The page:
Men who have not been circumcised (search) may be more than twice as likely to become infected with HIV (search) after sex with an infected female partner, according to a new study.

Researchers say it’s the first study to compare the risk of HIV infection per heterosexual sex act among a group of men with multiple sexual partners.

They say the results may help explain the rapid spread of HIV in areas of the world where circumcision is not common and multiple sexual partners are, such as Africa.

Male Circumcision May Lower HIV Infection Risk

For the study, which appears in the Feb. 15 issue of The Journal of Infectious Diseases, researchers collected information on sexual behavior from 745 Kenyan truck drivers.

The men were tested for HIV infection and evaluated for circumcision status at the start of the study and followed from 1993 to 1997.

During the course of the study, the truck drivers provided information concerning the number of sexual encounters with wives, casual partners, and prostitutes and were screened for HIV and other sexually transmitted diseases.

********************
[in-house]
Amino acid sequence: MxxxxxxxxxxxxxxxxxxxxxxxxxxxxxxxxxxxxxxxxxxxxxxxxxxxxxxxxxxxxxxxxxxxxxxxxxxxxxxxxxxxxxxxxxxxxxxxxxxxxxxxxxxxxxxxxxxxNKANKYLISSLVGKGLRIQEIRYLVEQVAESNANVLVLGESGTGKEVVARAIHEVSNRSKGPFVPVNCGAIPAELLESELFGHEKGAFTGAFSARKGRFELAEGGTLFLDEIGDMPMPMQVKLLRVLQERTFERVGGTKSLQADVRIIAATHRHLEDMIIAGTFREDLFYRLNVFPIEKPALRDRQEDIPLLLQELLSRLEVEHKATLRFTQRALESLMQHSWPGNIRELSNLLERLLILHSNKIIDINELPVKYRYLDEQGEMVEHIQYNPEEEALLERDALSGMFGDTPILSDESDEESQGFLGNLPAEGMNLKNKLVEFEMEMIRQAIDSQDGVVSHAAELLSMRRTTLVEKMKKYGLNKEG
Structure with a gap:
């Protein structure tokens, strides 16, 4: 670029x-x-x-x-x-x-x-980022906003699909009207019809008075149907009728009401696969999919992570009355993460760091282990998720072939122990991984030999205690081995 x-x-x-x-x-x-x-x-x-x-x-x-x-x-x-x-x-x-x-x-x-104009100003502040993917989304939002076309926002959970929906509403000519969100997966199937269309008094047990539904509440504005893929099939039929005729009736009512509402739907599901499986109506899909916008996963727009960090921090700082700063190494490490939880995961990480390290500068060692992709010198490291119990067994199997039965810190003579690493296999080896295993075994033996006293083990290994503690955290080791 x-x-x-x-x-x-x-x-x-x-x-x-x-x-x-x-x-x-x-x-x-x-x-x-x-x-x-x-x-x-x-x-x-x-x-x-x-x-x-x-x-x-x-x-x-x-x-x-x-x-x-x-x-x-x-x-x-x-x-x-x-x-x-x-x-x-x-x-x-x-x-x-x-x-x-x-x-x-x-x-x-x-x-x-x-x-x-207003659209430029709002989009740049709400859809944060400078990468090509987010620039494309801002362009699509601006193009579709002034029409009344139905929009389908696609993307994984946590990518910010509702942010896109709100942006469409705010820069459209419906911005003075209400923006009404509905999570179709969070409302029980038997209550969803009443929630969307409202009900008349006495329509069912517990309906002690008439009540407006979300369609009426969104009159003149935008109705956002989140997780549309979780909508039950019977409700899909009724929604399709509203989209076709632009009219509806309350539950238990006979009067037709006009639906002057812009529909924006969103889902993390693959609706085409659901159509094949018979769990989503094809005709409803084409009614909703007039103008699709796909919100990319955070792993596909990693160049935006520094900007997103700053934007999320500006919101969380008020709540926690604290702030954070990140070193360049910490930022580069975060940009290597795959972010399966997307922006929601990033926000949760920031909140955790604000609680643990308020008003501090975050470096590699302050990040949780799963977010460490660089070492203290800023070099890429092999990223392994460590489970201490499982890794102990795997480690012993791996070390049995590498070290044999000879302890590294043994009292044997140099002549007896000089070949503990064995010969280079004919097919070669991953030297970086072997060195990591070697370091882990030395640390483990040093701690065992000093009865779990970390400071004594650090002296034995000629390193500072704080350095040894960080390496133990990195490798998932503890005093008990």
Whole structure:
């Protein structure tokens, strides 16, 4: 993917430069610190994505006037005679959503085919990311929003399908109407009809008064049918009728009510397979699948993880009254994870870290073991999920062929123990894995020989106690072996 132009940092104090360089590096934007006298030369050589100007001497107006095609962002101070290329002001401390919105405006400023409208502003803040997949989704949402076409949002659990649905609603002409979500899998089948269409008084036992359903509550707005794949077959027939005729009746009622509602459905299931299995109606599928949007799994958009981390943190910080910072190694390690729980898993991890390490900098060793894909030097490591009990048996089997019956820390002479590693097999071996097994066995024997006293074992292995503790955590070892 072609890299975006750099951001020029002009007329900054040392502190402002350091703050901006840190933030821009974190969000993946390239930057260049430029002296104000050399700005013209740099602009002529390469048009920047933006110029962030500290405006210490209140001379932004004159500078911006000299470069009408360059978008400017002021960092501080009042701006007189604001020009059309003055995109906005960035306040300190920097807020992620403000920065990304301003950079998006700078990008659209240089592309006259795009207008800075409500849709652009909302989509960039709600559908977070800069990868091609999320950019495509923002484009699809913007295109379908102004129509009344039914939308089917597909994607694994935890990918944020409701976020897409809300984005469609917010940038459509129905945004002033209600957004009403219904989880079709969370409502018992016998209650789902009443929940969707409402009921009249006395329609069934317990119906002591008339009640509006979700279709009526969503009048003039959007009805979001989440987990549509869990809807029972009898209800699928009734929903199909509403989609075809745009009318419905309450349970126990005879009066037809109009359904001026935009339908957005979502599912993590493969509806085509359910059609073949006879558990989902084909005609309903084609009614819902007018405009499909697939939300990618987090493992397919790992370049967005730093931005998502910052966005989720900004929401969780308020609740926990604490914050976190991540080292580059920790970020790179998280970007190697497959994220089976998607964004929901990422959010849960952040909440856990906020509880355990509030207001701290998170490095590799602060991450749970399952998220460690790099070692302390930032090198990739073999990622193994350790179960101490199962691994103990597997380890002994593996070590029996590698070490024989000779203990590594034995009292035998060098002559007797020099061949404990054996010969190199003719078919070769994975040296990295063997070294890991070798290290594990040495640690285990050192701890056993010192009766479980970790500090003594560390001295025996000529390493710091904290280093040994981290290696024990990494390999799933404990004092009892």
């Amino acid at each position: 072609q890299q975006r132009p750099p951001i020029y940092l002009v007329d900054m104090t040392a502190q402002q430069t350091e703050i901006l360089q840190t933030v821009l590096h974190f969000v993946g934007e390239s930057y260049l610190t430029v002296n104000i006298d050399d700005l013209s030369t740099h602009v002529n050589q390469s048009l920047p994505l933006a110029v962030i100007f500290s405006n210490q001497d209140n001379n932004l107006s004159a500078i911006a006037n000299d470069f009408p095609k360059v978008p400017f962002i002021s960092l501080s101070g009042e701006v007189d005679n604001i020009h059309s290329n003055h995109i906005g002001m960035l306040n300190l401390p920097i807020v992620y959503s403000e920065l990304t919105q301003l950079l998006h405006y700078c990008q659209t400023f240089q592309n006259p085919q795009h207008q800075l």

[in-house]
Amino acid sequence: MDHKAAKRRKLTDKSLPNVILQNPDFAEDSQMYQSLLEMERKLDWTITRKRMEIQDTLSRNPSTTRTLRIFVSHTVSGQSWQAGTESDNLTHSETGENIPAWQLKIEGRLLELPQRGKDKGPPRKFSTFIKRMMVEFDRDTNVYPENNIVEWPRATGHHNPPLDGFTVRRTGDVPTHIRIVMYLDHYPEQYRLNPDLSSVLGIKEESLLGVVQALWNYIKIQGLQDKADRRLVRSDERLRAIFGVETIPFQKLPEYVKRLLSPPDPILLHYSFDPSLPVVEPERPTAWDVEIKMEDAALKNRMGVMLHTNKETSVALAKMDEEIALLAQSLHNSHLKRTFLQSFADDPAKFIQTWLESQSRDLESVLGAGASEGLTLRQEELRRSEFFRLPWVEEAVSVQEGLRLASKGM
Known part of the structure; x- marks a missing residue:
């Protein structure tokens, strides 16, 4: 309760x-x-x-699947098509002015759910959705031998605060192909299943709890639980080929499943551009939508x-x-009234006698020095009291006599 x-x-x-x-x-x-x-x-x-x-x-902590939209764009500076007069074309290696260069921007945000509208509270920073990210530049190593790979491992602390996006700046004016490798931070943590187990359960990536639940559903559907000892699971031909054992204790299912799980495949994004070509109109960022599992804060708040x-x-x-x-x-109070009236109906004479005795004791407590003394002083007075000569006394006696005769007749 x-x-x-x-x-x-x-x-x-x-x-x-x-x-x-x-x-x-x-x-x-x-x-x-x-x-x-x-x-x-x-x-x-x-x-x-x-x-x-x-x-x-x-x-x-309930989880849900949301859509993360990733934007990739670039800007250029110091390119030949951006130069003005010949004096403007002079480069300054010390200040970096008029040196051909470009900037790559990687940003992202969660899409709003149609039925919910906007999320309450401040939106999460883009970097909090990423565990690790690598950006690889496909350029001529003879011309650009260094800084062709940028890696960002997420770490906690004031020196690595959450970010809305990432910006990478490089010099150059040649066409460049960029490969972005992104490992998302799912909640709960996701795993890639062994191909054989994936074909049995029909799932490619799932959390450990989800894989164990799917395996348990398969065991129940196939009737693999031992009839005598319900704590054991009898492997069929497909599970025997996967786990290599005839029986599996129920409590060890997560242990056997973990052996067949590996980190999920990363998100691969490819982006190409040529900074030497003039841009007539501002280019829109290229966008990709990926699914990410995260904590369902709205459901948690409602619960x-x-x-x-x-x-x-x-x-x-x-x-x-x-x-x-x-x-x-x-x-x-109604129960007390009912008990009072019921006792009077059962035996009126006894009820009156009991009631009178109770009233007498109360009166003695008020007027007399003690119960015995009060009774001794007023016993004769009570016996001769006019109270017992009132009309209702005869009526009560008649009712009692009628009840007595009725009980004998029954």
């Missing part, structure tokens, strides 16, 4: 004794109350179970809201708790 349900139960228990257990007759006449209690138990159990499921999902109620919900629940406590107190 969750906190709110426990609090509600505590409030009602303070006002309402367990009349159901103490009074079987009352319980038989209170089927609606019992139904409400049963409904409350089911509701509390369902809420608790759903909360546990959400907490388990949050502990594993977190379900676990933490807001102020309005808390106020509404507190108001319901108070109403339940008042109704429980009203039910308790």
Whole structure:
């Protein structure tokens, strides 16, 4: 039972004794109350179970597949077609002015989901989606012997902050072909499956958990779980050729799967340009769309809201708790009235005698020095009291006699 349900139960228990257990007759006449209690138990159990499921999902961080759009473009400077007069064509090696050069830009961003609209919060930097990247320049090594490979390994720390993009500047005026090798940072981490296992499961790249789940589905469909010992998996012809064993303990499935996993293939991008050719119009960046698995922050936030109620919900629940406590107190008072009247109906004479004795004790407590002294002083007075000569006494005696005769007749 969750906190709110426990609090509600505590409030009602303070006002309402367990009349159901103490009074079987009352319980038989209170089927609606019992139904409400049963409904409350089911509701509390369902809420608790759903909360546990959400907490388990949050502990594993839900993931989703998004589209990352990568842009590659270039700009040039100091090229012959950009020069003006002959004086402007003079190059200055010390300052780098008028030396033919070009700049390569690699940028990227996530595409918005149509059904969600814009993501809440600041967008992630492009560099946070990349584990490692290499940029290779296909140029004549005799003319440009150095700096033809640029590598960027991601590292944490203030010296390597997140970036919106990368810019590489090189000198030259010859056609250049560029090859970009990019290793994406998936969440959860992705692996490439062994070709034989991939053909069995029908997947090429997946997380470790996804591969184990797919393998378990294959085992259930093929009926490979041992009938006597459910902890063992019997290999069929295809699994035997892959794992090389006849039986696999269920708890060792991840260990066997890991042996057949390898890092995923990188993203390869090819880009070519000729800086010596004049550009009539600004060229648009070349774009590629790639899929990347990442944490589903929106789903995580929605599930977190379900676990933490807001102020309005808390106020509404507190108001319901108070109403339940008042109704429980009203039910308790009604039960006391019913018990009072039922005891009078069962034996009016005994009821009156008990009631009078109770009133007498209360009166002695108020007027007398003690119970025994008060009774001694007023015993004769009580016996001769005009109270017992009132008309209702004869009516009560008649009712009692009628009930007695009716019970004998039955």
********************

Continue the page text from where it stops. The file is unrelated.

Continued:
At the end of the study, researchers calculated the probability of HIV infection per sex act using published data on the rates of HIV infection among the three types of sexual partners.

The results showed that the probability of the men in the study becoming infected with HIV after a single act of sexual intercourse was about one in 160. But uncircumcised men had more than twice the rate of HIV infection per sex act compared with circumcised men, one in 80 vs. one in 200.

Researchers say the rate of HIV infection from women to men in this study was much higher than in previous studies of couples in which the woman was infected and the man was not.

They say the higher HIV infection rates among men with multiple simultaneous sexual partners may help explain the rapid spread of HIV in Africa, where multiple sexual partners are common and male circumcision is rare.

By Jennifer Warner, reviewed by Brunilda Nazario, MD

SOURCES: Baeten, J. The Journal of Infectious Diseases, Feb. 15, 2005; vol 191: pp 546-553. News release, Infectious Diseases Society of America.